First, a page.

## 1. Sets

### Introduction

SETS

**Set:** A collection of well defined objects is called a set.

- Objects of collection is called "**element**" or "**member**".

**Properties: **

(i) All elements of a set should have special property.

(ii) They all should be differ to each other or they do not repeat.

(iii) They should be well defined.

- Name of any set is writen in capital letter of English Alphabets

A, B, C, D ........................ X, Y, Z

- Elements and members of a set is writen in small letter of English Alphabets or using number system within a brace (medium bracket) with using commas { }

Example : A = {a, b, c, d} Or B = {1, 2, 3, 4}

**Standard symbols of some special sets:**

N : the set of all natural numbers

Z : the set of all integers

Q : the set of all rational numbers

R : the set of real numbers

Z^{+} : the set of positive integers

Q^{+} : the set of positive rational numbers, and

R^{+} : the set of positive real numbers.

**Symbols and their meaning: **

**(i) " ∈ " (epsilon) : "belong to" **

If a is an element of a set A, we say that “ a belongs to A”

in symbolic form we write it as : a ∈ A

**(ii) " ∉ " : "not belong to" **

When any element which not belong to any given set then we use symbol ∉ : "not belong to"

if a is not an element of set A. we say that "a not belong to A"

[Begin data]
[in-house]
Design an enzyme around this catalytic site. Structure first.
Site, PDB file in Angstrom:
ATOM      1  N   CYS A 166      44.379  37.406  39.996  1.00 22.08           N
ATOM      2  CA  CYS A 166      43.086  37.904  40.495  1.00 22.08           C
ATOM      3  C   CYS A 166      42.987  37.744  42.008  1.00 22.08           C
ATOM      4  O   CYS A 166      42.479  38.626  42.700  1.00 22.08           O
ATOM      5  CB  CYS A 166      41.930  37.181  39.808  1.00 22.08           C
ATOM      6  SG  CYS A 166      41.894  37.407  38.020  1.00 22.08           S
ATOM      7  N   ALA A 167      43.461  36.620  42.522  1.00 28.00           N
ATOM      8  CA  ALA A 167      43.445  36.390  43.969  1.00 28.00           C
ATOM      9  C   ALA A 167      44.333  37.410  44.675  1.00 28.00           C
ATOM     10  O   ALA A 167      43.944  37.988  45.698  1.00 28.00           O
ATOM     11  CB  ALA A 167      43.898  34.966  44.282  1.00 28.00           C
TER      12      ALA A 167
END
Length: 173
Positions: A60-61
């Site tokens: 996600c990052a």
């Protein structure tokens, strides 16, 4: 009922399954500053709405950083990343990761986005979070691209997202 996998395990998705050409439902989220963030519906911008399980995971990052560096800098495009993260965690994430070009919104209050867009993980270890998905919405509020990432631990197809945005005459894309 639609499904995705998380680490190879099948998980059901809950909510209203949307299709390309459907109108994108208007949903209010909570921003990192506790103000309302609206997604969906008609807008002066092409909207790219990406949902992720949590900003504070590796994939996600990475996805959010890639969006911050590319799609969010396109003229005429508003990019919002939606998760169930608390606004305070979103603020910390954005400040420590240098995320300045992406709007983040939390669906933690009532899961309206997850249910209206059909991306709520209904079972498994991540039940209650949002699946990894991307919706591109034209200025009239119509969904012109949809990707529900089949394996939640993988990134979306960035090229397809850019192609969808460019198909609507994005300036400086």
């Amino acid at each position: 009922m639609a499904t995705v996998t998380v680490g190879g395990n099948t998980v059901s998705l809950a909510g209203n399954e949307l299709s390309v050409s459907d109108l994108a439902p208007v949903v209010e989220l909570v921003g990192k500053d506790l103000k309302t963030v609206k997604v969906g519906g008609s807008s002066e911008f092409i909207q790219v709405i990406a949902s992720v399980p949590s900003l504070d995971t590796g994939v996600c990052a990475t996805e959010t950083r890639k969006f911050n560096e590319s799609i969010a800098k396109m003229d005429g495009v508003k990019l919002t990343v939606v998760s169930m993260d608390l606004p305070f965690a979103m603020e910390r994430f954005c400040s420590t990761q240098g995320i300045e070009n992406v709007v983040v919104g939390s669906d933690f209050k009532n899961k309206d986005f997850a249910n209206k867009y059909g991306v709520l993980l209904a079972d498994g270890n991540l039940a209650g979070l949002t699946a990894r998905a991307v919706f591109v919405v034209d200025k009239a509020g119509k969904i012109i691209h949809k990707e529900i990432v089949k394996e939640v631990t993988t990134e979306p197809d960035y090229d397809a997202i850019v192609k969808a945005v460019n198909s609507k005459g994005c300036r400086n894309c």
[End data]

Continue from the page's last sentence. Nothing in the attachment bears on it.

in symbolic form we write it as : a ∉ A

**(iii) " ⇒ " : emplies **

In common language "**⇒**" means "emply toward ..... also ......"

**(iv) " = " : Equal to **

A = B, it means set A is equal to set B.

**(v) " ≠ " : Not equal to **

A ≠ B, It means set A not equal to set B.

**(vi) “⇔” **is a symbol for two way implications, and is usually read as " if and only if ".

(vii) " : " : colon Here in the set colon stands for "such that"

**Representation of sets: **

Every set is introduced by its elements. So for expressing a set before we have to express its elements.

Now, Method to express the elements of a set.

**(1) Roster Or tabular form : **

In roster form, all the elements of a set are listed, the elements are being separated by commas and are enclosed within braces { }. For example,

(i) First five natural numbers:

A = {1, 2, 3, 4, 5}.

(ii) First four letter of English Alphabets

B = {a, b, c, d}.

(iii) The set of all natural numbers which divide 42

C = {1, 2, 3, 6, 7, 14, 21, 42}.

(iv) The set of all vowels in the English alphabet.

D = {a, e, i, o, u}.

**Note: **

In Roster Form no-element is generally repeated

Example:

The set of letters forming the word 'ELEMENT'

E = {E, L, M, N, T}

Here no-element has been repeated.

**(2) Set-builder form **

In set-bulder form, all the elements of a set possess a single common property

which is not possessed by any element outside the set.

Example:

D = { a, e, i, o, u}

All elements of set A have a common property e.i vowel in English alphabet.

Then, in set-builder form:

D = { x : x is a vowel in english alphabet }

This set will be read as :

" the set of all x such that x is a vowel in english alphabet. "

C = {y : y is a natural number which divides 42}

B = (z : z is a first four letter of english alphabet}

Other examples

(i) A = {1, 2, 9, 25} Roster form

Set-builder form

A = {x : x = n^{2}, where n **∈ **N and n < 6}

(ii) B = {P, R, I, N, C, A, L}

Set-builder form

B = {x : x is a letter of the word PRINCIPAL}

(iii) C = {1, 2, 3, 6, 9, 18}

Set-builder form

C = { x : x is a positive integer and is a divisor of 18}

(iv) D = (3, 6, 9, 12}

Set-builder form

D = {x : x = 3n where n **∈ **N and 0 < n < 5}

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